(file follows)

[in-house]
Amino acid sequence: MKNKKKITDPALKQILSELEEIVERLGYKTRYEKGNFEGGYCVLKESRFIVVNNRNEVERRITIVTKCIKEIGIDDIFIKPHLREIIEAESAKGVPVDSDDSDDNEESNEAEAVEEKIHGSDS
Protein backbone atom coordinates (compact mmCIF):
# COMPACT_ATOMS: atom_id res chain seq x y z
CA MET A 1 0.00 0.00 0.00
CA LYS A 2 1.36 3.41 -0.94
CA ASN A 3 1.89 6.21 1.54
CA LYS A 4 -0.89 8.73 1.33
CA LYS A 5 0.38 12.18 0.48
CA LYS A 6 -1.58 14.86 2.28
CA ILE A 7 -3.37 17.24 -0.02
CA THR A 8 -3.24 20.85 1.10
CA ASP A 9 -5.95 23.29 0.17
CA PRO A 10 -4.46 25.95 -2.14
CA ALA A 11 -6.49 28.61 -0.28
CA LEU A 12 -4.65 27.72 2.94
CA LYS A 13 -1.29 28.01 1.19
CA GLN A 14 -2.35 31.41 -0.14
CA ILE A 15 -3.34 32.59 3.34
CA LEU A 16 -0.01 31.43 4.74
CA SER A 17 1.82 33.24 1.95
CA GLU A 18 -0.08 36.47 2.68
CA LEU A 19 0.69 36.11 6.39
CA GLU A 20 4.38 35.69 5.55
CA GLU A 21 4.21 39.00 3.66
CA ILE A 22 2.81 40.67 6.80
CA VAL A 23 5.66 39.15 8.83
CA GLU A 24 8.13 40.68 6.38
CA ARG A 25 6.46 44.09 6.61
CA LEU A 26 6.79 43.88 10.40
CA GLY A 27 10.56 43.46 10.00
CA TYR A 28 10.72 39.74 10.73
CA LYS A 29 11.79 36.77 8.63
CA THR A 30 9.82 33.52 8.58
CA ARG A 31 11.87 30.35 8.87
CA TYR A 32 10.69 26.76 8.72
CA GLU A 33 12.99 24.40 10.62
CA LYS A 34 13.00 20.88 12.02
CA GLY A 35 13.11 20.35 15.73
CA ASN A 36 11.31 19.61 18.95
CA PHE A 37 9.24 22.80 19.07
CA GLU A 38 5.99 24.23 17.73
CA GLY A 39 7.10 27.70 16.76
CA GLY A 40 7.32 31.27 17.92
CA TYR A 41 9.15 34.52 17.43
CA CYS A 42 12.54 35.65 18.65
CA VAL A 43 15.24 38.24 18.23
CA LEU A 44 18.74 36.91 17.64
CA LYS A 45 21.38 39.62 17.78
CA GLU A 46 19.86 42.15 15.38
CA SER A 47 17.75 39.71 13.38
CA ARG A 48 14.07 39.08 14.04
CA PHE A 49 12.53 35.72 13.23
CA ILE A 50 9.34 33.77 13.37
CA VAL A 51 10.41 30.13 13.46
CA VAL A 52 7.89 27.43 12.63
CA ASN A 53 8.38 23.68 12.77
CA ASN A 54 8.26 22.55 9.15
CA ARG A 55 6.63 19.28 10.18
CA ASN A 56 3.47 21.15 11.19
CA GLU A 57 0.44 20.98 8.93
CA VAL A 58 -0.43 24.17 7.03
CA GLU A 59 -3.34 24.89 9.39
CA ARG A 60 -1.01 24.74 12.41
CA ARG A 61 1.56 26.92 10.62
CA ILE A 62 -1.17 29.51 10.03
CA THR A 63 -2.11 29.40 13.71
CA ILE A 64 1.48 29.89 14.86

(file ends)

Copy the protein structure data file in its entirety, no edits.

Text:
[in-house]
Amino acid sequence: MKNKKKITDPALKQILSELEEIVERLGYKTRYEKGNFEGGYCVLKESRFIVVNNRNEVERRITIVTKCIKEIGIDDIFIKPHLREIIEAESAKGVPVDSDDSDDNEESNEAEAVEEKIHGSDS
Protein backbone atom coordinates (compact mmCIF):
# COMPACT_ATOMS: atom_id res chain seq x y z
CA MET A 1 0.00 0.00 0.00
CA LYS A 2 1.36 3.41 -0.94
CA ASN A 3 1.89 6.21 1.54
CA LYS A 4 -0.89 8.73 1.33
CA LYS A 5 0.38 12.18 0.48
CA LYS A 6 -1.58 14.86 2.28
CA ILE A 7 -3.37 17.24 -0.02
CA THR A 8 -3.24 20.85 1.10
CA ASP A 9 -5.95 23.29 0.17
CA PRO A 10 -4.46 25.95 -2.14
CA ALA A 11 -6.49 28.61 -0.28
CA LEU A 12 -4.65 27.72 2.94
CA LYS A 13 -1.29 28.01 1.19
CA GLN A 14 -2.35 31.41 -0.14
CA ILE A 15 -3.34 32.59 3.34
CA LEU A 16 -0.01 31.43 4.74
CA SER A 17 1.82 33.24 1.95
CA GLU A 18 -0.08 36.47 2.68
CA LEU A 19 0.69 36.11 6.39
CA GLU A 20 4.38 35.69 5.55
CA GLU A 21 4.21 39.00 3.66
CA ILE A 22 2.81 40.67 6.80
CA VAL A 23 5.66 39.15 8.83
CA GLU A 24 8.13 40.68 6.38
CA ARG A 25 6.46 44.09 6.61
CA LEU A 26 6.79 43.88 10.40
CA GLY A 27 10.56 43.46 10.00
CA TYR A 28 10.72 39.74 10.73
CA LYS A 29 11.79 36.77 8.63
CA THR A 30 9.82 33.52 8.58
CA ARG A 31 11.87 30.35 8.87
CA TYR A 32 10.69 26.76 8.72
CA GLU A 33 12.99 24.40 10.62
CA LYS A 34 13.00 20.88 12.02
CA GLY A 35 13.11 20.35 15.73
CA ASN A 36 11.31 19.61 18.95
CA PHE A 37 9.24 22.80 19.07
CA GLU A 38 5.99 24.23 17.73
CA GLY A 39 7.10 27.70 16.76
CA GLY A 40 7.32 31.27 17.92
CA TYR A 41 9.15 34.52 17.43
CA CYS A 42 12.54 35.65 18.65
CA VAL A 43 15.24 38.24 18.23
CA LEU A 44 18.74 36.91 17.64
CA LYS A 45 21.38 39.62 17.78
CA GLU A 46 19.86 42.15 15.38
CA SER A 47 17.75 39.71 13.38
CA ARG A 48 14.07 39.08 14.04
CA PHE A 49 12.53 35.72 13.23
CA ILE A 50 9.34 33.77 13.37
CA VAL A 51 10.41 30.13 13.46
CA VAL A 52 7.89 27.43 12.63
CA ASN A 53 8.38 23.68 12.77
CA ASN A 54 8.26 22.55 9.15
CA ARG A 55 6.63 19.28 10.18
CA ASN A 56 3.47 21.15 11.19
CA GLU A 57 0.44 20.98 8.93
CA VAL A 58 -0.43 24.17 7.03
CA GLU A 59 -3.34 24.89 9.39
CA ARG A 60 -1.01 24.74 12.41
CA ARG A 61 1.56 26.92 10.62
CA ILE A 62 -1.17 29.51 10.03
CA THR A 63 -2.11 29.40 13.71
CA ILE A 64 1.48 29.89 14.86